Holbrook says only one complaint over machines during early voting - from Belleville lawyer wanting to cast 'no' on retention

By John Breslin | Oct 18, 2018

Only one complaint over a possible glitch in voting machines has been fielded during early voting, according to St. Clair County Clerk Tom Holbrook.

Holbrook said the situation brought to his attention last week by early voter, Belleville attorney Eric Rhein, was immediately investigated, but the machine at the county administration building was found to be working properly.

Rhein raised the issue in a post on the Justice for Kane Facebook page, a group dedicated to ousting Circuit Judge Zina Cruse, saying he had a problem with registering a "no" vote for a judge running for retention. He did not name the judge in his post.

The campaign against Cruse was launched after the judge lowered bail for a man accused of murdering his girlfriend's two year-old son, Kane. The boy died after suffering trauma in April 2017. The accused is Gyasi K. Campbell, former boyfriend of the child's mother, Lindsey Friess. Campbell is charged with first degree murder and faces trial in January.

Friess's mother, Lori Friess, established the Justice for Kane movement and a Facebook page by that name. The group has close to 13,000 followers; thousands of "Justice for Kane" campaign signs have been placed throughout the judicial circuit. 

After outlining his problems in a post on that page, Rhein then went on the Bob Romanik radio show to state that he punched "no" but that the machine kept registering "yes."

Holbrook said earlier this week that approximately 1,500 voters have cast early ballots at the county building, "and we have had only one problem."

"I will tell you the moment he brought this to our attention, we went to investigate," Holbrook said. "The number was punched and it worked."

Holbrook said that at the time Rhein registered a complaint, he asked another exiting voter whether there was a problem and was told there was not one. Holbrook also said there is a paper trail.

"I am sure he (Rhein) had a problem, but the machine was working," Holbrook said, adding that all machines have to be treated in a certain way and suggested if someone repeatedly presses a button that may cause a problem.

Rhein did not respond to several calls to his office for comment.

The Justice for Kane movement was formed after Campbell's bail was reduced from $1 million to $150,000 on April 2, which allowed him to post a cash bond of $15,000. Those behind the site want people to vote against Cruse's retention.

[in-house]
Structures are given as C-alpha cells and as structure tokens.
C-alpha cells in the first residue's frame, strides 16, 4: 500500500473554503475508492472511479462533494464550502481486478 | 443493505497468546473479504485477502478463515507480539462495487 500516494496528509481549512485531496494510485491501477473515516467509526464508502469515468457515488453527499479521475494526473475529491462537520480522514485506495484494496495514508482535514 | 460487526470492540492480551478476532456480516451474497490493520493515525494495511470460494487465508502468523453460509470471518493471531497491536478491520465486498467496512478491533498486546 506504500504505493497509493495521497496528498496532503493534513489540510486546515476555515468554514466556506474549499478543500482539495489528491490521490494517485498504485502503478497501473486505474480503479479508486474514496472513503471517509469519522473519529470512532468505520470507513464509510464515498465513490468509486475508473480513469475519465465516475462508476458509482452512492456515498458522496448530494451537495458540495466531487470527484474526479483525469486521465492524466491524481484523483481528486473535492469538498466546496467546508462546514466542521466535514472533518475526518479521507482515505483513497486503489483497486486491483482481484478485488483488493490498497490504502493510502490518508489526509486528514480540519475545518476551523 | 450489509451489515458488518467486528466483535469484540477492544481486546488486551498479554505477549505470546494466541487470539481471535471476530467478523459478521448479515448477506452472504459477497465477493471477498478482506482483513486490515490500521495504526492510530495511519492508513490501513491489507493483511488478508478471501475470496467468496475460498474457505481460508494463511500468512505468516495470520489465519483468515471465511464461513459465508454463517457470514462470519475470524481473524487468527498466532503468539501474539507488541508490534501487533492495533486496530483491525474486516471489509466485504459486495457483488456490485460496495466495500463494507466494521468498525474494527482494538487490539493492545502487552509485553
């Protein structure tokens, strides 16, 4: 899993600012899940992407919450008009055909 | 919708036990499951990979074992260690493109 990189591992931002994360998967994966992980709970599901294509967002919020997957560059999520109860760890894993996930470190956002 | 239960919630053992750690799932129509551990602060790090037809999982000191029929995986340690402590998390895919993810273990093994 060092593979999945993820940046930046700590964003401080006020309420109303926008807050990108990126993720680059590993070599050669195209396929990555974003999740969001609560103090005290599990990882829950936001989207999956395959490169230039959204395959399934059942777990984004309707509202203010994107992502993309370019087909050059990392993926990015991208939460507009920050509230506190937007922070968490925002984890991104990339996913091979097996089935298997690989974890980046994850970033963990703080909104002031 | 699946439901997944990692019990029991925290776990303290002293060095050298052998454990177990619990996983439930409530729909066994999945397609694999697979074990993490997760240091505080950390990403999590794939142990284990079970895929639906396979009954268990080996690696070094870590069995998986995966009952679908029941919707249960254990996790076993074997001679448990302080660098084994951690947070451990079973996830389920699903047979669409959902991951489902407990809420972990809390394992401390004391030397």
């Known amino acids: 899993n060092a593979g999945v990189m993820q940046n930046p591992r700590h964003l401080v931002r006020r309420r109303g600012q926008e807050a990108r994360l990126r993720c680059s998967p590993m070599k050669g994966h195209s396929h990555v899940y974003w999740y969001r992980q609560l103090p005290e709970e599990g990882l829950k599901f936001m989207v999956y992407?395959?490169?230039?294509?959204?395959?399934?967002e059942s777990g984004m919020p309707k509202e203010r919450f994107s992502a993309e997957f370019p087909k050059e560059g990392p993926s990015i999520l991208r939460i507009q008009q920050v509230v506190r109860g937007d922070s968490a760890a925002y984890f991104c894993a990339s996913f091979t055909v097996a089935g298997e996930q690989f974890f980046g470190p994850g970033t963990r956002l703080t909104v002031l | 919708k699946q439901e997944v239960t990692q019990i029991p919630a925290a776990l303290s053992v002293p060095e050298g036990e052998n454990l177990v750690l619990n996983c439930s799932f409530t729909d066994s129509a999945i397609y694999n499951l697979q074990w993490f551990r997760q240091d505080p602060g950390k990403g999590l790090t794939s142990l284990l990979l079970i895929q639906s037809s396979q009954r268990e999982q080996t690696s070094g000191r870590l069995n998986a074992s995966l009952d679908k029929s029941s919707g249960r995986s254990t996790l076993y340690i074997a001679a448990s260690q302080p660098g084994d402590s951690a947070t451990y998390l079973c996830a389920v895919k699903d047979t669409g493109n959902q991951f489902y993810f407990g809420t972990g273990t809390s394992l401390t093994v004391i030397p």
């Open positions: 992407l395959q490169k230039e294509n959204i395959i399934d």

Cruse lowered the bail after receiving letters in support of Campbell from various individuals, including a minister. Separately, she also received a letter from Kane's mother, Lindsey.

In her letter to the court, Lindsey Friess wrote that she did not believe Campbell should have been charged with first degree murder.

"I am not saying I think he should be free," she wrote in the three-page letter, according to a report in the Belleville News-Democrat.

"I do agree that Gyasi must suffer the consequences for the responsibility of caring for Kane and failing," she wrote.

In a lengthy statement to the Record, Cruse said that "as a judge, as a woman, and as a mother, I am very concerned about child abuse in my community and elsewhere."

"I also understand people’s frustration when bail is set. I am aware of a local group which supports ending child abuse— a laudable goal with which all of us can agree," she stated.

"However, I deeply regret that some persons who are genuinely concerned about child abuse but nevertheless unfamiliar with the considerations required by our Illinois Supreme Court and Illinois statutes for setting bail in criminal cases have engaged in activities which have maligned and/or impeded the administration of justice."

She added, "Before trial is over, no Illinois judge, including myself, may take the position that an accused defendant is guilty of any charges or crimes."

Further, Cruse wrote, "We judges rely on the arguments presented to us by the prosecutor and by defense counsel with regard to whether or not the defendant is a flight risk, that is a risk to not come to court."

Lori Friess said that she understands a need for reducing an individual's bond in certain situations, but that a judge should be taking into consideration the severity of the crime.

"Someone (accused of) killing a baby... I don't understand 85 percent (reduction)," Friess told the Record.

Legislative changes, effective from Jan. 1 this year, mean that judges, when considering bail conditions, must take into account the ability of poor people to pay money for bail.

In his post, Rhein stated that when he went to vote at the St. Clair County Courthouse he encountered a problem that had never happened before.

"When I tried (three times) to register a voted "NO” on a judicial candidate, the machine registered my vote as a “Yes"," he wrote, adding that he tried twice more in the presence of staff, without success.

"I don’t believe in coincidences," he stated. "The power structure knows this judge I voted against (the other two are highly qualified and I had no reservations voting “Yes” for them) is in deep trouble at the ballot box."

Rhein added, "So please PAY ATTENTION and PROOF READ your ballot before you formally cast it. Double check it, and call staff over if you need help (they were very courteous)."

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Illinois Supreme Court Illinois Twentieth Judicial Circuit Court St. Clair County Clerk

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